When the angels had gone away from them into heaven, the shepherds began saying to one another, “Let us go straight to Behlehem then, and see this thing that has happened which the Lord has made known to us.” So they came in a hurry and found their way to Mary and Joseph, and the baby as He lay in the manger.
Luke 2:15 – 17
I want it to go down in the record that I think premarital sex is wrong. That said, here goes. If maintaining strong Christian faith during college often seems like to fall by the wayside for many believers, avoiding sexual temptation is a Sysphean task for anybody with a boyfriend or girlfriend. One part of the issue may be that the vast majority of college students believe that premarital sex is fine and normal; it’s having unsafe premarital sex that’s really the sin. The culture surrounding sex in college is very permissive and understanding so that a Christian trying to maintain purity looks like a backwards stick in the mud.
Another part of the issue is that in Christian circles, suggesting that sexual temptations might plague you elicits gasps, and admitting you’ve succumbed to those temptations could easily cause people to rethink their relationship with you. It’s considered so very, very wrong: a sin that you can’t admit to without risking ostracization. But while it’s certainly best to avoid sinning in any way (if not actually possible), everybody falls. Yet despite what the Christian community implies, having sex outside of marriage is no worse a sin than gossiping or being greedy – it’s just that people can hide the gossiping or greed while sometimes the effects of premarital sex are unavoidably obvious. But in God’s eyes a sin is a sin, whether it be sex before marriage or lying to your roommate.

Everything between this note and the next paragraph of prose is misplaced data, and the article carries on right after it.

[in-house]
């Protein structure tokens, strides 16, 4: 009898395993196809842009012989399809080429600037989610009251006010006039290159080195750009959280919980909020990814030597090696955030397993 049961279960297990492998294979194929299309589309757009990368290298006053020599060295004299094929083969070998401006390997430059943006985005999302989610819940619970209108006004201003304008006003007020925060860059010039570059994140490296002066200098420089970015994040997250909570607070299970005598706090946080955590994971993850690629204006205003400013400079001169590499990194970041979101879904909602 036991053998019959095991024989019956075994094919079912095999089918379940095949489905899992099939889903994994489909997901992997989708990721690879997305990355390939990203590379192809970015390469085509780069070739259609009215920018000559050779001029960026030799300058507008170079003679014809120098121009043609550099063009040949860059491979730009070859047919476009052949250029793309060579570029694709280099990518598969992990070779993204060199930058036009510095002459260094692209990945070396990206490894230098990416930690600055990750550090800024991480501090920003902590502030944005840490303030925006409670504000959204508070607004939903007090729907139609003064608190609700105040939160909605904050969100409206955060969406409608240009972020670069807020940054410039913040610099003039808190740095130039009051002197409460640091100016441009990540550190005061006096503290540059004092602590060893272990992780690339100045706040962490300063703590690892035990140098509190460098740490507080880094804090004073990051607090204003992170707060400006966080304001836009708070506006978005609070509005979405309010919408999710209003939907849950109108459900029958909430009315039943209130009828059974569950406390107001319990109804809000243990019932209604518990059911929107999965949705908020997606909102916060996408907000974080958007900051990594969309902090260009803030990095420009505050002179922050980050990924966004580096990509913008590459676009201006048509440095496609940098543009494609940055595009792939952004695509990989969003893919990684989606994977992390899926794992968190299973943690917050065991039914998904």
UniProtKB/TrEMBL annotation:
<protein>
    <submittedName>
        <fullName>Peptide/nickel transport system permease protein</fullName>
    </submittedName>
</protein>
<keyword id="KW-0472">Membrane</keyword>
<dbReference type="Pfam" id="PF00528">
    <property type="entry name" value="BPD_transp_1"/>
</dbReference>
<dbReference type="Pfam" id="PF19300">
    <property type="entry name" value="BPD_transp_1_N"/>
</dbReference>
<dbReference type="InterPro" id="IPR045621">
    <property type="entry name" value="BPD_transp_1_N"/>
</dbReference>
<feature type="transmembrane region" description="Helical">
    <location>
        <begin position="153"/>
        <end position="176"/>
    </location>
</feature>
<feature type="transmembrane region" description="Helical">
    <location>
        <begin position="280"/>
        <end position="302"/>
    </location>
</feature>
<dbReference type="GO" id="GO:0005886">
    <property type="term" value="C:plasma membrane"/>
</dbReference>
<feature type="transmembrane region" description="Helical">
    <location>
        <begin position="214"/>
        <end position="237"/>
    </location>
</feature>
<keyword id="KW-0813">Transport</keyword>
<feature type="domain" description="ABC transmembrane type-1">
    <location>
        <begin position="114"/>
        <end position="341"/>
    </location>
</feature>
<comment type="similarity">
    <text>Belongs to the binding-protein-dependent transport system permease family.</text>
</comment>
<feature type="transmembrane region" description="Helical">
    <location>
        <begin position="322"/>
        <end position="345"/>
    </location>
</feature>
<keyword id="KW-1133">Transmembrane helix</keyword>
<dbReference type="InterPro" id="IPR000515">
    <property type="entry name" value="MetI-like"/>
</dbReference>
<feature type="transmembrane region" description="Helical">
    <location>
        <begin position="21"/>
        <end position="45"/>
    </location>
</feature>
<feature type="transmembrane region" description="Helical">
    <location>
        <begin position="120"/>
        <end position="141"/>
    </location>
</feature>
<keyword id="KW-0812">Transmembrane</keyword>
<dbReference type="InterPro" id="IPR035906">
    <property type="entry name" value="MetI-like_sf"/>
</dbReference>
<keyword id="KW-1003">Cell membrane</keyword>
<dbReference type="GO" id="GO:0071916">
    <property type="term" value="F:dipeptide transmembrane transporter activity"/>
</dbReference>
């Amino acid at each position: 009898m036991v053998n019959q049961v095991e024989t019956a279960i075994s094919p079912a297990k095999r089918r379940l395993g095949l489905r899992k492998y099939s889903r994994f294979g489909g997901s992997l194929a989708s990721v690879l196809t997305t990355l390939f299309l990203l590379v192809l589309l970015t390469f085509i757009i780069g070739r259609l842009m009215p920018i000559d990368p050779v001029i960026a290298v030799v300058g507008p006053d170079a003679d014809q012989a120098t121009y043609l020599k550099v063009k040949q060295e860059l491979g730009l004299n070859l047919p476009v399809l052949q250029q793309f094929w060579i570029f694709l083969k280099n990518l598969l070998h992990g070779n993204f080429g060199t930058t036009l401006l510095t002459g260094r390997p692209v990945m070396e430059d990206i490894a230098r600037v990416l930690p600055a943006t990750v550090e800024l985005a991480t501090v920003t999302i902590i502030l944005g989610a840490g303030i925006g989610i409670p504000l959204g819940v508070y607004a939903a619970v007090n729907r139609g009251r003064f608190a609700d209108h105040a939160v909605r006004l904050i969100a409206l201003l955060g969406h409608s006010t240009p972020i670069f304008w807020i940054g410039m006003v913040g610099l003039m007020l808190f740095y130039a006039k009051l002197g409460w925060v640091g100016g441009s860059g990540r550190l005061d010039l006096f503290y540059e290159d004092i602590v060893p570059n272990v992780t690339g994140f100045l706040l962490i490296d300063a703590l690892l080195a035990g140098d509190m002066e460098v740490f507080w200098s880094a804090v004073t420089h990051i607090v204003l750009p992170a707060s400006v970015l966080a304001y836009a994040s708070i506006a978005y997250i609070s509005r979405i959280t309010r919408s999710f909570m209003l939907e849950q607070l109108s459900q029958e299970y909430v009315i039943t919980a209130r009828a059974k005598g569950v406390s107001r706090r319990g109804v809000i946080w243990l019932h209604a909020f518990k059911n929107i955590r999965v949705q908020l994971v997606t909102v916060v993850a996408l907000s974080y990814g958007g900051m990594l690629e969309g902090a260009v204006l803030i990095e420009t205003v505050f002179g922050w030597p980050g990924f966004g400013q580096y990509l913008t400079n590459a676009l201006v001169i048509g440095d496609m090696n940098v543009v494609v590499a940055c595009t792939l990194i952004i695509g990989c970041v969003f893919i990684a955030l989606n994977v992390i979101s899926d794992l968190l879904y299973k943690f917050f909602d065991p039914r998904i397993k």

What is it that makes sex so gasp-inducing? Why is it illicit to talk about? What frightens parents off from speaking candidly with their kids? When sex, and talking about it, is taboo how can Christians hold each other accountable? Yet holding accountable is surely one of the strongest ways to help Christian college students remain pure. The knowledge of a phone call from a Christian friend asking “Have you gotten into any too-intimate situations lately?” could pour a little cool water on the hot flames of the moment. I would like to see a Christian culture that could come together to support students, to acknowledge the difficulty of fighting your own desires and the acceptance of the society around you. Working together and speaking candidly could do a world of good for Christian students. If only.
– KF –